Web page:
In such an embodiment, the acoustic protection material of the invention is obtained by fixing a metallic sheet or a sheet 25 of the type described above with reference to FIGS. 2A or 2B onto a substrate 2 pierced with orifices 4', 4", etc., the sheet being fixed by adhesion or by analogous means such that the regions of the sheet 25 that overlie the orifices 4', 4", etc. and which are secured by their edges constitute resonators having different resonant frequencies f1, f2, f3, etc. To manufacture surfaces such as S or S', the invention provides to make the substrate 2 from a sheet of elastomer or plastomer having a thickness lying in the range 0.1 mm to 1 mm, e.g. a sheet that is calendered and then perforated to form the orifices 4', 4", etc., and then to fix said substrate a metallic sheet or foil or else, in a modification, a sheet such as 25 prepared by calendering or by extrusion-blowing its polymer or elastomer component, which component is then coated with a metal foil, or in a variant is made to adhere to such a foil by gluing or the like. To fix the substrate and the metallic or composite sheet together, the invention proposes using hot plate presses or systems using "rotocure" heating cylinders as used in the rubber industry, or else to fix the parts together by cold gluing using structural adhesives such as epoxy resins or the like, or by melting a film of thermoplastic polymer, etc. ... .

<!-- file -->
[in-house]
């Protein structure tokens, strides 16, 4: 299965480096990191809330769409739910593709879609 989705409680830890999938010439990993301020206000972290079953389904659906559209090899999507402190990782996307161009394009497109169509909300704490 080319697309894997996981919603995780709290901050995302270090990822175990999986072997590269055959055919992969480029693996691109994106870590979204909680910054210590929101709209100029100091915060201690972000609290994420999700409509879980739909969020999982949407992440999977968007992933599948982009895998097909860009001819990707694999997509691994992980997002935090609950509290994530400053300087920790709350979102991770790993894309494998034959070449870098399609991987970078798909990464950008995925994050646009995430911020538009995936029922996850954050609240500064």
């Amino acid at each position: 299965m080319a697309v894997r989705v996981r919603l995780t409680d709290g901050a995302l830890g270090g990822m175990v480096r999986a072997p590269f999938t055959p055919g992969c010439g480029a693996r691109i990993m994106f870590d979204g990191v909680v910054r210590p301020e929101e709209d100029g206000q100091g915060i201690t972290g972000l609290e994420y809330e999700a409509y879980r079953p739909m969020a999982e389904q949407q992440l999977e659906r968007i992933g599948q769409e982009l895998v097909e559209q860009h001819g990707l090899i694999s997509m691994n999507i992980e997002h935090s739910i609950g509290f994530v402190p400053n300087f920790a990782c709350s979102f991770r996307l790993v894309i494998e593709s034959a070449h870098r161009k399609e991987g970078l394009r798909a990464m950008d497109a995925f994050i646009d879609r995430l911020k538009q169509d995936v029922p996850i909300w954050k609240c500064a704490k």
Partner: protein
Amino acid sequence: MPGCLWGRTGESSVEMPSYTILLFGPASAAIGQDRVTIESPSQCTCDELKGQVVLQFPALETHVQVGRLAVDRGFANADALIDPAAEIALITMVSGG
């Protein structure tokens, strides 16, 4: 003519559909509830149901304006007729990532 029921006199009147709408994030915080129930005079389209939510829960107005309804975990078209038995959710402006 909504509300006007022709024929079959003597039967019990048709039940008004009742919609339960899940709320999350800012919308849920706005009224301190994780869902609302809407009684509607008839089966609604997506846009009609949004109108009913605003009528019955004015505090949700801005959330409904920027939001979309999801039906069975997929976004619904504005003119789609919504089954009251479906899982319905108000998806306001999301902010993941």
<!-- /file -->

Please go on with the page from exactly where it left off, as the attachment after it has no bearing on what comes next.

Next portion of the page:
To make an apparatus for providing acoustic protection against a source of noise SO (FIG. 10) by means of an acoustic protection material as defined above, the invention provides for superposing and sticking together a multiplexity of layers S1, S2, S3, etc. ..., each of which is of the type shown in FIG. 8 or 8A, i.e. each of which comprises a substrate 2 pierced by orifices 4, 4', 4", ..., in which or at the edges of which vibrating blade, string, or membrane resonators are secured.